"Everything happens for a reason," reads her gleaming silver bracelet — a phrase the Storer family has earnestly embraced during a year of challenges.
Laurie's still searching for the reason her husband is battling a fatal illness that's stripping him of his strength and independence.
But she's confident it's out there, with something positive as the end result.
"Maybe someday we'll know why this horrible thing had to happen," said Laurie, 47. "But for now, we're not going to be sad. We're living in the moment."
Brad Storer, 50, formerly the director of Erie County Care Facility, was diagnosed with amyotrophic lateral sclerosis last April.
The degenerative disease — also called ALS, or Lou Gehrig's disease — causes a person's muscles to stop taking orders from nerves, until the person is completely paralyzed. It typically shortens a lifespan to within five years or less.
On first glance, Brad's appearance hasn't changed much since the day of his diagnosis.
But previously effortless tasks like cooking, walking, lifting objects and getting dressed are quickly becoming exhausting as his muscles wear out.
"Sometimes I feel like I'm having a wrestling match in my shirt," Brad said, laughing. "The other day it had me in a full nelson."
The Storers and their children — Abbey, 18, and Adam, 16 — agree it's OK to continue laughing and smiling as Brad battles his illness.
They celebrate and appreciate the time they have together, Laurie said, whether they're taking a road trip with Abbey to her University of Akron dorm or watching Adam complete a touchdown pass for Huron's junior varsity football team.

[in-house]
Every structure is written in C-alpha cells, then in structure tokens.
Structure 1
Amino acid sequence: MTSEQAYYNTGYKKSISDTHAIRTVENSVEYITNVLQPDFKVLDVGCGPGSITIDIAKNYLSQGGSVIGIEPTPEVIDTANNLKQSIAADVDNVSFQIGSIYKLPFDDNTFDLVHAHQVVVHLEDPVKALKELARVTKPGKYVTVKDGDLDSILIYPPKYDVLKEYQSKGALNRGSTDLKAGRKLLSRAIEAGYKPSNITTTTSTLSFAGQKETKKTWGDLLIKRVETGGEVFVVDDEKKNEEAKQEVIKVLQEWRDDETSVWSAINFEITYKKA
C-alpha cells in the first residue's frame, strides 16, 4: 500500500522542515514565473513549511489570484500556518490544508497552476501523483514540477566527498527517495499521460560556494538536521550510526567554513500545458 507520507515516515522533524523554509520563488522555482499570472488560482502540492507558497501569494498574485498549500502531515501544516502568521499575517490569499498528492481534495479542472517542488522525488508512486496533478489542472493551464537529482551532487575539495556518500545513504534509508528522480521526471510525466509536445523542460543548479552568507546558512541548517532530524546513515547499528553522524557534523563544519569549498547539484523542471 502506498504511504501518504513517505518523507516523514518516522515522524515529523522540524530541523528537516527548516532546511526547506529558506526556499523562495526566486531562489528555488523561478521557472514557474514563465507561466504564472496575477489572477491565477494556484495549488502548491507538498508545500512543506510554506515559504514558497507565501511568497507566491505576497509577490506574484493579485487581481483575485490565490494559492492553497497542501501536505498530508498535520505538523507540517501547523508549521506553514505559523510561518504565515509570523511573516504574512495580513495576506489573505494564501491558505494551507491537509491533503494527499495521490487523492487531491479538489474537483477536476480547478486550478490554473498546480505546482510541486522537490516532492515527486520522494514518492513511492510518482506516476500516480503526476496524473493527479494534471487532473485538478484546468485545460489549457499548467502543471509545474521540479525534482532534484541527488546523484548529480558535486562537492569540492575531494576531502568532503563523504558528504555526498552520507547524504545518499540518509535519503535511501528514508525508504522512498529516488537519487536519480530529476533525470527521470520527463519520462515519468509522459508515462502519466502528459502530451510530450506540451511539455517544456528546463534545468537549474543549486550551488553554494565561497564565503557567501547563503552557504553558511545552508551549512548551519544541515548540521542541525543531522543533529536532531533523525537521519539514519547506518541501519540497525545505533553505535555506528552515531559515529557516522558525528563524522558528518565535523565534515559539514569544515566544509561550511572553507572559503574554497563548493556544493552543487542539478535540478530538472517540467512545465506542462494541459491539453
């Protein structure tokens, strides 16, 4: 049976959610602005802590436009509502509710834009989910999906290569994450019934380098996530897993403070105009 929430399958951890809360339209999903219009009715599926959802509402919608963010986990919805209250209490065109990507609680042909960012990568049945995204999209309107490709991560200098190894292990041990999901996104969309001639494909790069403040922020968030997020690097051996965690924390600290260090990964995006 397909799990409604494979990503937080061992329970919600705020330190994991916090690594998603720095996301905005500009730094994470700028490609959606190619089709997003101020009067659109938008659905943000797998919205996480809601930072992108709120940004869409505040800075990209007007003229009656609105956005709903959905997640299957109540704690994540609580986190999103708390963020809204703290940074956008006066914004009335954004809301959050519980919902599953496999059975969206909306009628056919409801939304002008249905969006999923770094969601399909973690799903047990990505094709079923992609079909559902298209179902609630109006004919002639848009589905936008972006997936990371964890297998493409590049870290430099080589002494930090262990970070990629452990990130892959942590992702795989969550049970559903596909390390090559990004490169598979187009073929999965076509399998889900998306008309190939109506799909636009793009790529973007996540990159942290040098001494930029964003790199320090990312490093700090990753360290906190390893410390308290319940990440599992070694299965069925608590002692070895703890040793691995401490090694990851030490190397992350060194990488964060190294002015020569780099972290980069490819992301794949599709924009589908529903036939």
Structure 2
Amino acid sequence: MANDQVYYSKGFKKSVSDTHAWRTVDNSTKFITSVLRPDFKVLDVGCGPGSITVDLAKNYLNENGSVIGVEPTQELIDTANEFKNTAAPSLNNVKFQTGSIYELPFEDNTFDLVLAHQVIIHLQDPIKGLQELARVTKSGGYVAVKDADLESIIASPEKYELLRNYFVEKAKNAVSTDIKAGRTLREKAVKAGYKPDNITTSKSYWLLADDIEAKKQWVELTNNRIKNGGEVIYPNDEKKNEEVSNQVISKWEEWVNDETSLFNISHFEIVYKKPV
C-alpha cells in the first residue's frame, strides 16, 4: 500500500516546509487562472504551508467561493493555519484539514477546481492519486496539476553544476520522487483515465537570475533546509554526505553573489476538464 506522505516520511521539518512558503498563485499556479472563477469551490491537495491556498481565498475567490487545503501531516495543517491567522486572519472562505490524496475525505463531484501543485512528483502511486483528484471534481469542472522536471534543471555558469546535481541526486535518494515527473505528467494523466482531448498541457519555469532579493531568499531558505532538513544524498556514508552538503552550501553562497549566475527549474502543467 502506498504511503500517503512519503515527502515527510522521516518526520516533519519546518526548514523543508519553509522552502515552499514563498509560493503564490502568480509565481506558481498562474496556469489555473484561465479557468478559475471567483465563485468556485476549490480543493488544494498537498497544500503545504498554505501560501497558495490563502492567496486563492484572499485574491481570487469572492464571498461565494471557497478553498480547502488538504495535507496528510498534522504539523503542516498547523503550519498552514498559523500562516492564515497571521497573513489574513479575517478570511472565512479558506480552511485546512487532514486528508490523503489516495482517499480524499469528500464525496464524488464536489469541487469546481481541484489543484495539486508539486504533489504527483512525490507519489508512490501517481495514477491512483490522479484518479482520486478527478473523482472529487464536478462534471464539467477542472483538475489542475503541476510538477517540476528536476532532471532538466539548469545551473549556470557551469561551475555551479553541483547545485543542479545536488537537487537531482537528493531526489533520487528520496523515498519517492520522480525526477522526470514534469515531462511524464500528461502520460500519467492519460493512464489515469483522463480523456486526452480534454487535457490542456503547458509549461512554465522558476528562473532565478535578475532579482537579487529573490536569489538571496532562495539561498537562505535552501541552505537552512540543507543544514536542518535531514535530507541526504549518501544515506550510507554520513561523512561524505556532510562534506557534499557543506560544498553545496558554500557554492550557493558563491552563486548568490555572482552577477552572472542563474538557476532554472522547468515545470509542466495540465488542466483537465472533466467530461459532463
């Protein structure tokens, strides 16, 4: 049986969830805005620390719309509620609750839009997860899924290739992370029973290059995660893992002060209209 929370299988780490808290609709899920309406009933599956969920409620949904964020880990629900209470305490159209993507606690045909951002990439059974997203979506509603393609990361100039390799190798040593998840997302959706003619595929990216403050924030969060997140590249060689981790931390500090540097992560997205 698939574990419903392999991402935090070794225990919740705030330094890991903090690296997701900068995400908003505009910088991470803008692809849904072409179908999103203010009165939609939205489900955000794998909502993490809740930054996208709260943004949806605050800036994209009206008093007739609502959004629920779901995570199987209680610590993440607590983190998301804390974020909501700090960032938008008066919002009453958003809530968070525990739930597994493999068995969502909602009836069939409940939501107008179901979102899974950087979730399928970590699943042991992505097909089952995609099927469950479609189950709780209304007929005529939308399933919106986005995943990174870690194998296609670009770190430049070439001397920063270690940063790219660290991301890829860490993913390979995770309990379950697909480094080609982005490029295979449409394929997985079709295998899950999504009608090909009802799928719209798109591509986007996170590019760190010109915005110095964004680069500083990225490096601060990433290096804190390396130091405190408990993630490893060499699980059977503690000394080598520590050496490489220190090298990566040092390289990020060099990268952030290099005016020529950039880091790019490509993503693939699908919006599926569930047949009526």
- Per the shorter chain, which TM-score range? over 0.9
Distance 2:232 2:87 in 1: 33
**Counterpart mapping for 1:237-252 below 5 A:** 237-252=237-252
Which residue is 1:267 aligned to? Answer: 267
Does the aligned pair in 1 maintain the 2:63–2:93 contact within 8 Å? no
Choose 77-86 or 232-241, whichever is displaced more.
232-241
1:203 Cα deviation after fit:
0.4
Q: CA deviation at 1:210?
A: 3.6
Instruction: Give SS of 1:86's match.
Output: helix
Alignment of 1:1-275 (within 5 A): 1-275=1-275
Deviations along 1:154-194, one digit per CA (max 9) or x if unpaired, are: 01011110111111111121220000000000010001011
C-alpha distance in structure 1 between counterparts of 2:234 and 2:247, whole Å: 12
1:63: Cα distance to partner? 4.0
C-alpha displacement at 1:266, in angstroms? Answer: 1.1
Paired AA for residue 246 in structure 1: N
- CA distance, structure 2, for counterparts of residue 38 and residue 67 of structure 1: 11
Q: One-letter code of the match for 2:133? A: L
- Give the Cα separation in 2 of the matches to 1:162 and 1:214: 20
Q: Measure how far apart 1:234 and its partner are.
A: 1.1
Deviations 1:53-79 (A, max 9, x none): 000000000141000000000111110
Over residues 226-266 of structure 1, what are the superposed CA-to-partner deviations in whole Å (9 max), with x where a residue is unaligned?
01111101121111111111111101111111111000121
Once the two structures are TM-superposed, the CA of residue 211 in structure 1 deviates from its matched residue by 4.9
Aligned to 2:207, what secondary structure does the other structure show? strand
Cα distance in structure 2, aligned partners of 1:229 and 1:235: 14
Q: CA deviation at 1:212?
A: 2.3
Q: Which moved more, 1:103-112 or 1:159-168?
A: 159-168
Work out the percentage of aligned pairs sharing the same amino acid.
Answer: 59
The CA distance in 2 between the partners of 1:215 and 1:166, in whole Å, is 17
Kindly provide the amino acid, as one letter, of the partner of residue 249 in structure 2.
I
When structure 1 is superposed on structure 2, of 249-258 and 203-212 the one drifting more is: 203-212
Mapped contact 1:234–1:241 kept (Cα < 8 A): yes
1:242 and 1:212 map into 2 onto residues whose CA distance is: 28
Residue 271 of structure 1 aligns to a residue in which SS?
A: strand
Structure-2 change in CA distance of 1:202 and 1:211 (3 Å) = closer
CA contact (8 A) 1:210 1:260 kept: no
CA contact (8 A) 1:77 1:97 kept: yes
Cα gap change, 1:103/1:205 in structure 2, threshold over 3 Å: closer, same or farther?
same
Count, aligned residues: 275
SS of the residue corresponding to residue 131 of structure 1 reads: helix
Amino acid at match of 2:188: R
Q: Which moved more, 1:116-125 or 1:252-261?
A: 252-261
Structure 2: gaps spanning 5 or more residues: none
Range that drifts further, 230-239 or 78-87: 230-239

They're upfront and honest about their emotions and concerns, but they never dwell on them, Brad said.
"I'm not really angry because there's no one to blame," he said. "If I live for five years, I don't want everyone to act like I'm dead for five years."
The family's positive attitude and determined spirit has attracted attention across Northern Ohio from individuals eager to help.
Erie County Care Facility employees and Laurie's coworkers at Firelands Regional Medical Center are currently coordinating the largest fundraiser to date to help the Storers.
They plan to pack the care facility with hundreds of people Feb. 2 for a spaghetti dinner and silent auction — a way to give back to a family that has given so much to the local community, said Pam Nims, a nurse at Firelands.
"They spent their lives helping people," Nims said. "Now it's our turn to help them."
Brad can no longer work or drive a car. Soon he won't even be able to climb the stairs in his home.
Any money collected at the fundraiser will help the Storers convert a first-floor half-bathroom into a handicap-accessible full bathroom. A nearby computer room will eventually become Brad's new bedroom.
"He'll be able to use it every day and it will be a constant reminder of how much people care," Laurie said.
But to the Storers, the fundraiser really isn't about the money, or even the downstairs renovations.
"We just can't wait to have everyone who's helped us under one roof," Brad said. "In a situation where you feel like you can't do anything, they're doing something huge."
Want to help?
What: Spaghetti dinner fundraiser for Brad Storer, former Erie County Care Facility director battling Lou Gehrig's disease
When: Feb. 2, 4-8 p.m.
Where: Erie County Care Facility
Cost: $10 for adults, $7 for children
For more information or to donate money or items for a silent auction, call Jennifer Sherer at 419-656-6125, or Terry Payne at 419-366-8775.